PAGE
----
Manhattan Borough President Scott Singer just-released report “Led Astray: Reforming New York City’s Animal Care & Control" actually states that only 10% of NYC dogs are in compliance, and the licensing program, if properly managed by AC&C, has potential of generating $20mm/year revenue. Bottom line relating to this post: the sample size is too small to have these findings represent NYC dog breeds.

Jan. 24 2013 06:14 PM
Trudy Delich

Dog Iicensing is yet another example of government working at it's finest! The responsible comply (and some who are responsible do not because they know, for example, that excessive shots are very harmful to their beloved companions.....do the research).
The ones who need to be held accountable will not register for sure. One big ineffective government system hobbling along in various arenas. What else is new? More rules to "correct"? Good luck on that one! Kind of like gun control.

Jan. 24 2013 03:02 PM
Cassie

I LOVE the art work on this page... How can I get a copy of it?

Jan. 24 2013 12:00 PM
John Reilly from Gerritsen Beach, Brooklyn

Hey, What about Gerritsen Beach? We were forgotten with the Sandy Storm. How about just a mention. By the way my cats are Annie and Fredricka. The last dog we had was Dusty a German Shepherd and whatever mix.

Jan. 24 2013 11:21 AM
gabrielle roake from Chelsea

Makes me happy that I have a dog named Wilba!

Jan. 24 2013 11:09 AM
Susan

How is it my registered little shih tzu/bichon mix, Georgia, was overlooked? (Upper West Side)

Jan. 24 2013 10:32 AM
Jane Brackman from Altadena CA

Oh my, how we've changed. The most popular names for dogs 1700 to 1800: Beauty, Bangor, Boman, Bonny, Bouncer, Captain, Chanter, Countess, Ceasar, Dido, Driver, Dancer, Daphne, Dutchess, Faney, Flippant, Fiddler, Gallant, Hector, Juggler, Jewel, Joler, Jolly, Juno, Kilbuck, LIvely, Lady, Madam, Merryboy, Mopsie, Motley, Nancy, Plunder, Pluto, Rockwood, Ringwood, Rover, Ranter, Ranger, Ruffler, Soundwell, Stately, Thisbe, Thunder, Tattler, Touchstone, Traveller, Trouncer, Trusty, Trier, Venus, Vulcan, Violet, Wanton, Wonder, Whisper, Younker.

http://doctorbarkman.blogspot.com/

Jan. 24 2013 08:50 AM
Paula's mom

People, Remember, it is only REGISTERED DOGs, and as it was mentioned, only one out of Five dogs are registered in NYC. Common people, it's not difficult. Just register you pooch.

Jan. 23 2013 09:39 PM
Bennett Windheim from Washington Heights

The amount of poop on our streets would indicate that Washington Heights - conspicuous by its absence on this map - has the highest dog to person ratio per capita in the entire tri-state area.

Jan. 23 2013 08:48 PM
BJ

I'm surprised no mention is made of the Gansevoort Street section - which is home to over 100 Shiba Inu's!!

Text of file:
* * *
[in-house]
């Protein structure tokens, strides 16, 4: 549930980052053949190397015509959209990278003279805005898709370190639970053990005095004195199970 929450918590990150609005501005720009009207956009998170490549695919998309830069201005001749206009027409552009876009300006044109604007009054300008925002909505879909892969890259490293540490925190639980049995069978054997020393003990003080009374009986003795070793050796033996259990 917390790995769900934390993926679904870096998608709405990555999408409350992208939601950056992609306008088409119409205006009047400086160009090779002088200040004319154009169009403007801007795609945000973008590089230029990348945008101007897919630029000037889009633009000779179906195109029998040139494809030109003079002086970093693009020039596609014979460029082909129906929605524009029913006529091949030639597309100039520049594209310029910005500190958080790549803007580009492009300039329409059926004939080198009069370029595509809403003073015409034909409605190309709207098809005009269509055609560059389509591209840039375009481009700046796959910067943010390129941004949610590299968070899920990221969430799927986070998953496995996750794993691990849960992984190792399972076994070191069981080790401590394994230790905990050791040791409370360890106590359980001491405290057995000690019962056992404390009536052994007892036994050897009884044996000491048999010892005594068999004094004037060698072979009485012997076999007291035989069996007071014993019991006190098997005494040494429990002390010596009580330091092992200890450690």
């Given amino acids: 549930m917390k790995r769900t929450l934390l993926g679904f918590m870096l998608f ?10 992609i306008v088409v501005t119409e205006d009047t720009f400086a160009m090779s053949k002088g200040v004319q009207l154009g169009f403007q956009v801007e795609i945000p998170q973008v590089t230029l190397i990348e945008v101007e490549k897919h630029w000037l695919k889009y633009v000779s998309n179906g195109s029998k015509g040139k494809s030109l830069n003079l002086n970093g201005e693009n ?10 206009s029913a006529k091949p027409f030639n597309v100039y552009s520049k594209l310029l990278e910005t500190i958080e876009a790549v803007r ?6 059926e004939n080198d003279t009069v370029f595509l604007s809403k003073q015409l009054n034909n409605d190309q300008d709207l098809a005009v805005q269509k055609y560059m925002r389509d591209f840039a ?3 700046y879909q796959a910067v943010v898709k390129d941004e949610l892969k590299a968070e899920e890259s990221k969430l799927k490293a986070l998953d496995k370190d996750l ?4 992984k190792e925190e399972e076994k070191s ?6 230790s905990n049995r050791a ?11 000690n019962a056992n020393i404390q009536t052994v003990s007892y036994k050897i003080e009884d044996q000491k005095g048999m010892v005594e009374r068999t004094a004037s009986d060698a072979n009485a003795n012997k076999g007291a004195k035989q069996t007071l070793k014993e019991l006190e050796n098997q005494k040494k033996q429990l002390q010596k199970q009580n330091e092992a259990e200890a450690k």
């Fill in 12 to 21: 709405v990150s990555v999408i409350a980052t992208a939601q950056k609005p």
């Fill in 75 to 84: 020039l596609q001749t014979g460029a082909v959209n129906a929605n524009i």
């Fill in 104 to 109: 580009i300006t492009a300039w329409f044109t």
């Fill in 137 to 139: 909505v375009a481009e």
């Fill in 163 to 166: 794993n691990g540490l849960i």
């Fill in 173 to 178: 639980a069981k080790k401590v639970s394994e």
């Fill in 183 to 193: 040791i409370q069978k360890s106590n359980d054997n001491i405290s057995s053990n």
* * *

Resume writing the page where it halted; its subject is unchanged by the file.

Jan. 23 2013 07:57 PM
dmeier from Manhattan

My goodness. This is an adorable little piece of much needed distraction and all I see is grumpy old guys complaining that it isn't something 'else'! For god's sake, lighten up, guys.

And thank you WNYC for such a sweet bit of trifle.

Jan. 23 2013 06:37 PM
Napoleon Bonaparte from Brooklyn

I can't believe that journalist have enough time to waste on this subject. I think that these dogs have enough love and attention from their owner. Give them a break and use your precious time to investigate MTA, Port Authority, Wall street, homeless...and so many other major subjects in our city.

Jan. 23 2013 06:15 PM
nathan from Hoboken, NJ

Another example of something that would have taken a couple more hours to include parts of NJ in it where you clearly have members...

Jan. 23 2013 05:51 PM
KL

The DOHMH online license system makes it impossible to keep in compliance with the system. I originally registered my dog electronically when I adopted him (well the shelter did it) and got a new license after I lost the first-- but I then forgot my password, could not remember by secret answers and could not get a new password. I can't create a new account because his license and rabies info is already in the system. No luck with 311 or email to the department. So why invest in a marketing campaign to encourage registration if the system is so difficult to use (hard to remember a password for something most people log onto once a year)?

Jan. 23 2013 02:18 PM
ed from Baltimore

No offense meant, but this is sort of garbage in/garbage out when so few owners have licenses. The main data point you can gleam is that Yorkie and Shih Tzu owners register their dogs more than other dog owners.

Jan. 23 2013 10:33 AM
Michele from Princeton Junction, NJ

Any Cavalier King Charles Spaniels?

Jan. 23 2013 10:24 AM